We have had our new 2 burner unit for the better part of a month now.  But, after 4 years of cooking on the single burner Max Burton unit I have hardly used the second burner.  Habits die hard I guess.

As I write this Christmas is 2 days away. I’m sure I’ll use both burners then.  And the crockpot.  And the microwave! But,  I’m supposed to be losing weight — so pigging out on a big meal doesn’t sounds like the best plan in the world.  Maybe I’d best trim back my menu!

Menu changes notwithstanding, I’m still making more cranberry relish to go with our frozen turkey breast for Christmas.  Gotta have me some more cranberries!

Flooded Road Update

As I mentioned in our posts about the last two days of travel, our stay at Gulf Islands National Seashore is a curiosity stop.  We aren’t big beach people. However, we heard so many people talking about this place over the last four years that we had to stop and check it out.

I mentioned previously that the Recreation.gov website provides a 24 hour flooded road hotline. I have to say I have been wondering about that for a few days.

I called Sunday, Monday and Tuesday and kept getting a recording dated 7 days earlier saying the road is open.  This morning, Wednesday, the day of our trip I call the number and the recording is now current and they are warning of water on the road and the exercise of caution while on the road.  There’s more rain in the forecast today.

My question — unasked and unanswered is — what happens to people who have reservations and who, upon arrival, discover the road closed?  I’m hopeful that won’t be us.  I’ll let you know when we arrive.

It turns out that people who are in the campground when it floods get asked to leave until the campground is reopened!  We met a couple from about 1 hour away from Service (where we just came from) to whom that happened last week.  There was flooding and the NPS closed the park for 2 days.  Wondering if we’ll have to leave during our stay?

One final comment on Service Campground. We spent 3 nights there. For the entire time there were 3 volunteer couples (2 couples as fee collectors and 1 couple doing maintenance), and two camper sites.  With 37 sites in the campground.  I walked in on a staff meeting on Monday morning (actually I believe they were all sitting around chewing the fat, but it looked like a meeting).  They said that after Christmas the activity picks up and they have quite a number of snowbirds on hand but for the month of December this is a wonderful place for solitude!  I think on average we only saw 3 barges a day — not sure if that’s a function of the time of year, or more specifically the Christmas/New Year holiday season — perhaps workboats get off the water as it were for the holiday.  I don’t know.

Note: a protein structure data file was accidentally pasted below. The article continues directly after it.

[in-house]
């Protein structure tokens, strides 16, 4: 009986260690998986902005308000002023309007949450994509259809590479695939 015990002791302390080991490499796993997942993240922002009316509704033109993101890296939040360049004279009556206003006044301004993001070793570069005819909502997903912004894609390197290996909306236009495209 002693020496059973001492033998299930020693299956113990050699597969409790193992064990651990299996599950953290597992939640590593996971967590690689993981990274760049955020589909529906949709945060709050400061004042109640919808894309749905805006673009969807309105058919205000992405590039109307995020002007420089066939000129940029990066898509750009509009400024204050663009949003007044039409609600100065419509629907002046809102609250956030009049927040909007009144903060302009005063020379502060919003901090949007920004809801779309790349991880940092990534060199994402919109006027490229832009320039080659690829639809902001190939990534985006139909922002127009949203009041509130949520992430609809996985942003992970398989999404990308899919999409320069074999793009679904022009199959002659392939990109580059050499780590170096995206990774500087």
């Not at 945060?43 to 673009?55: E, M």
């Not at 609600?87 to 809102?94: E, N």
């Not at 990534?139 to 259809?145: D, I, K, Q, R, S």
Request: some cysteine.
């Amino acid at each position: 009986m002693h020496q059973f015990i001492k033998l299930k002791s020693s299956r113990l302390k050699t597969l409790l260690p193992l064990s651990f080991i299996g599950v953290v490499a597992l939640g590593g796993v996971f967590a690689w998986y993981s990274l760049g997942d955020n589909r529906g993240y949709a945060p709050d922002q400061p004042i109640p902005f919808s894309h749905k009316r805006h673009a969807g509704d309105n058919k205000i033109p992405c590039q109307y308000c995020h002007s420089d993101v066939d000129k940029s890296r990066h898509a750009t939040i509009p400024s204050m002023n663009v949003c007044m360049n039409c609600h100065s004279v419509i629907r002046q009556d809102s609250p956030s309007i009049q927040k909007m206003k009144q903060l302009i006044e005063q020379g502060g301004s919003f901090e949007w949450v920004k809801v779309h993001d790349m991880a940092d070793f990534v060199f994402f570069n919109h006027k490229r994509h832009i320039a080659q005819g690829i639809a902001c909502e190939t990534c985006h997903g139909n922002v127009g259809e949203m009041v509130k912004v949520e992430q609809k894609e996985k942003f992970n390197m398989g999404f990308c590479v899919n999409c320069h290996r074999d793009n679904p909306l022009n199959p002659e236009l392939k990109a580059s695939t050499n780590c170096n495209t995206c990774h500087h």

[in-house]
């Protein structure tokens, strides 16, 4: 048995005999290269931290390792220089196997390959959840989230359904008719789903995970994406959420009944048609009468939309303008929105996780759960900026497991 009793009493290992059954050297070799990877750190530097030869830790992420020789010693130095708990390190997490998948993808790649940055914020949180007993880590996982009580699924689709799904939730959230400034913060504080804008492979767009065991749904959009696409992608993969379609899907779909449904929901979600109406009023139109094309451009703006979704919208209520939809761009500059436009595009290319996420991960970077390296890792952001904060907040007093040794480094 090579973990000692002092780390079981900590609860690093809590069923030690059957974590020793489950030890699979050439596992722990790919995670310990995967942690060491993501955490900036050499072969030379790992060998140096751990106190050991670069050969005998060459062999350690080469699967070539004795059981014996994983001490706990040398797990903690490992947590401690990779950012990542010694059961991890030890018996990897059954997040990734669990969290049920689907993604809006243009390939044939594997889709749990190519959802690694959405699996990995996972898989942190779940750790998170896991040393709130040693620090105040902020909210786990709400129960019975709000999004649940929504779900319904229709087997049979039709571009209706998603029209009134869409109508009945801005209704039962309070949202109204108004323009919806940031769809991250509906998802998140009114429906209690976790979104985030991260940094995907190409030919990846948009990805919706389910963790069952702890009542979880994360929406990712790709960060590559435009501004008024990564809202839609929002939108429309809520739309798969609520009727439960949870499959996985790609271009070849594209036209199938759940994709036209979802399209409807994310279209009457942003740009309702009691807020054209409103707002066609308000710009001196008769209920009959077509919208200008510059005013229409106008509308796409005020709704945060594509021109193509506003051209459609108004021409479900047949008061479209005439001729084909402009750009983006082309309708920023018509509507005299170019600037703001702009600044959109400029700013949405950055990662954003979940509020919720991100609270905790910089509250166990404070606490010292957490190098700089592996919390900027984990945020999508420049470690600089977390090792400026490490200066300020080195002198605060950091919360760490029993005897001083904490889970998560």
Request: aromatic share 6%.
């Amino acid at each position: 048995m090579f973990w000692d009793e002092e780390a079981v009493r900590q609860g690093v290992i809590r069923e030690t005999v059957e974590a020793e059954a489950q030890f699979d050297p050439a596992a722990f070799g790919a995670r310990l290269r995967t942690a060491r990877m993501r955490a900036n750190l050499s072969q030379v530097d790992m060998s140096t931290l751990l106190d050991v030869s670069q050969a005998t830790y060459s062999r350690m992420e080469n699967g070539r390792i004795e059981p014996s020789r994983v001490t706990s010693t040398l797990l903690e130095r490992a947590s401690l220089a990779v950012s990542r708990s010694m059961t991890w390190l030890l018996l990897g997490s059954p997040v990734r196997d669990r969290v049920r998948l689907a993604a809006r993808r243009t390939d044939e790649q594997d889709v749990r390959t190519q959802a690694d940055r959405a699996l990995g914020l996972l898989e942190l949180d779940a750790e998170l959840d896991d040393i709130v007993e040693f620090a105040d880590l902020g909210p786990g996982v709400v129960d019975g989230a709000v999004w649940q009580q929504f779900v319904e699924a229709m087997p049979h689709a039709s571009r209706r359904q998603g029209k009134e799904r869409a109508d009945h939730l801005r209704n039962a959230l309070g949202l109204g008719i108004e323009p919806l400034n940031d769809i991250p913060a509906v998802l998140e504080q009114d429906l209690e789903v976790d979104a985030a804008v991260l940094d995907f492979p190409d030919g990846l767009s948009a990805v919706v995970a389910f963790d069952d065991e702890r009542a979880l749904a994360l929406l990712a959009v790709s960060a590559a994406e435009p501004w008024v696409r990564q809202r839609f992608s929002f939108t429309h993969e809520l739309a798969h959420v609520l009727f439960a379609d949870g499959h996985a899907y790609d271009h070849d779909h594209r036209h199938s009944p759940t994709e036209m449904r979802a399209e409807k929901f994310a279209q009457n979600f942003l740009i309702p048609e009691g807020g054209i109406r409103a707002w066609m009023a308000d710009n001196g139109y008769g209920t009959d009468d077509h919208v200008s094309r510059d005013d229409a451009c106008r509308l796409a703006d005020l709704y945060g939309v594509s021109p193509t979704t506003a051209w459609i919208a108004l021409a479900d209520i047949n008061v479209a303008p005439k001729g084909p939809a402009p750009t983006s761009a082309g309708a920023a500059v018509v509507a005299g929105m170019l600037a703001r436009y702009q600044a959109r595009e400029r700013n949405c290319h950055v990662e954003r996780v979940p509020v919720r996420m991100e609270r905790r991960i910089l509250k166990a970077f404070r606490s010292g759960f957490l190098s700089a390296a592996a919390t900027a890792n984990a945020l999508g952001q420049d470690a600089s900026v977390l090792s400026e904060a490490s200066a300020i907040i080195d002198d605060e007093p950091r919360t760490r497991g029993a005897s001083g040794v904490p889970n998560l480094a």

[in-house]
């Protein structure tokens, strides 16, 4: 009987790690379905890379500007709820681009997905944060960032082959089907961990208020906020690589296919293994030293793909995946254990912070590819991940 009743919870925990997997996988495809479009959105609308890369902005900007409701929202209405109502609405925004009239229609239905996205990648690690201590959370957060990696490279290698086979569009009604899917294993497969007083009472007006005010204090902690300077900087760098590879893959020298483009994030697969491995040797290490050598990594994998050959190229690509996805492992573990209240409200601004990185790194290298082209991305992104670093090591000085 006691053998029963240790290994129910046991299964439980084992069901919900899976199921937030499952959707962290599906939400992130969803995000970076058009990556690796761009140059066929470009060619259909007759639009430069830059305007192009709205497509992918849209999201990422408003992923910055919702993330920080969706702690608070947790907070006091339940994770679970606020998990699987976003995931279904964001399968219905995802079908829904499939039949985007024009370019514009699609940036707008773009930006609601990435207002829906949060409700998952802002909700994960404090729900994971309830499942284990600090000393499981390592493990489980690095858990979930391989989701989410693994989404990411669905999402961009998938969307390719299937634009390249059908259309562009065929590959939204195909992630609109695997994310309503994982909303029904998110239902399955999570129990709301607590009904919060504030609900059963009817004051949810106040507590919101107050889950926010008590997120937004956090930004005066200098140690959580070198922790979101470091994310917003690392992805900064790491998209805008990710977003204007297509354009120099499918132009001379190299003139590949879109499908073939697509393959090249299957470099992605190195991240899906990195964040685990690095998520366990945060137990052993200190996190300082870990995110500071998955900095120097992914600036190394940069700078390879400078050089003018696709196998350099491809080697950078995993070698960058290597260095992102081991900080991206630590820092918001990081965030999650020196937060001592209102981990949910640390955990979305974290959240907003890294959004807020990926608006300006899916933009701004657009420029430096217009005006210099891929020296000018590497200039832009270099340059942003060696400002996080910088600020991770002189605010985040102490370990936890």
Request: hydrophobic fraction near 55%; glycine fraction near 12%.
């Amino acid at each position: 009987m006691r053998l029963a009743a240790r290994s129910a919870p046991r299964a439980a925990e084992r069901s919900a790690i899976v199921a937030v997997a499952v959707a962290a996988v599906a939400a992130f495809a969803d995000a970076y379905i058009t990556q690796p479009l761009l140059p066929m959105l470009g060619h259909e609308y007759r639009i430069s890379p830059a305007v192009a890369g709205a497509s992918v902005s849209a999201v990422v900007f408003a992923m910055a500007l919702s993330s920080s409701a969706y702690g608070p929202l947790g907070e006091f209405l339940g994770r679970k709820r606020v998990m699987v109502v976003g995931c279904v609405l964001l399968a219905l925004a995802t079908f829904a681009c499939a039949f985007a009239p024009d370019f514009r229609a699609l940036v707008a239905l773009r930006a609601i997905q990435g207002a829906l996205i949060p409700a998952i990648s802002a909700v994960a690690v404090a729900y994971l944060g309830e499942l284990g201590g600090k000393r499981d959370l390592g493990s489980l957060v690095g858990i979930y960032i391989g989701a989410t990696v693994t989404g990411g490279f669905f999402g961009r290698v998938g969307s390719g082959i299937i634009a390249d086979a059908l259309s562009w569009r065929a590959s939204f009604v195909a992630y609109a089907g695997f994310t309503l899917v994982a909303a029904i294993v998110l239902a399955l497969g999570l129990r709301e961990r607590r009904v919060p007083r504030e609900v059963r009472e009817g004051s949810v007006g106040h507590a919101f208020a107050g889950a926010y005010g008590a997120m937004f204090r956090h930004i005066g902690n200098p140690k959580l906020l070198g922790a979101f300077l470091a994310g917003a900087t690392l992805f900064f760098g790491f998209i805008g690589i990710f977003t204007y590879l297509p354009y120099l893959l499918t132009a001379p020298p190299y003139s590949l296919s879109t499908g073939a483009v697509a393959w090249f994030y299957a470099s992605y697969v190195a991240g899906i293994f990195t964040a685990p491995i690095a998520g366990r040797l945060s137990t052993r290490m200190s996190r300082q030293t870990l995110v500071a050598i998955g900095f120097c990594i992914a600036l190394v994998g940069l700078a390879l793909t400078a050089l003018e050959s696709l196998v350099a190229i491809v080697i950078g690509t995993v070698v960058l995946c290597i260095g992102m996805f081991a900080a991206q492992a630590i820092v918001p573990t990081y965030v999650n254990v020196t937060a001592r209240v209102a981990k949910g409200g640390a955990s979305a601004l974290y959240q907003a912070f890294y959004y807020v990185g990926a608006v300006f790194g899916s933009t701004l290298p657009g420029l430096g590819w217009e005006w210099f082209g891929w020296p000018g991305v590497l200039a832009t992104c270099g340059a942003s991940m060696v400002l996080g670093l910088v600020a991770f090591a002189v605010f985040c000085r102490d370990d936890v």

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Old Diary, Travel

Travel day times two

Let’s lump two more travel days together into one post!

On Sunday we drove from Grenada MS to Silas AL — a trip of about 220 miles.  A little 4 lane, a little 2 lane — some narrow Mississippi country lanes and we arrive at another Corps of Engineer campground.

Service Campground

December 20 The Service Campground is located between Silas AL and Coffeeville AL.  Considering that we had just left Coffeeville MS — just outside of Grenada — even a caffeine addict like me ca get confused with all the coffee’s they have around here. The drive was quite nice — mostly on Mississippi state highways, narrow two lanes with rather steep  drop offs on either side — but the roads were quite smooth and certainly comfortable at 55 mph.

We had reserved a 97 foot back-in site on the edge of the water. (site #19)  But upon arriving and checking in with the hosts we were offered an alternative — seeing as I had inquired about the direction of South for our Satellite reception.  Having inquired we were offered site #9 which has a much better sight line and is right on the edge of the waterway.

Fog on the Tombigbee

Fog on the Tombigbee — it’s amazing how peaceful fog can be.  The older I get the more I love it (specially when I’m not driving in it)

I should comment on the header photo.  A couple hours after arriving we heard our first boat on the river — the river being part of the Timbigbee / Black Warrior Waterway operated by the Corps of Engineers.  I guess the owner of that fancy speedboat that you see on the water about 1/3 of the way from the left edge of the photo was out to burn out the flues of his speedboat.  He made about a mile and a half circuit up the and down the river way — 10 times — and then he left.  Go figure.  I’m not sure whether he and his co-pilot had much fun but they made a lot of noise and burned up a whale of a lot of fuel at breakneck speed.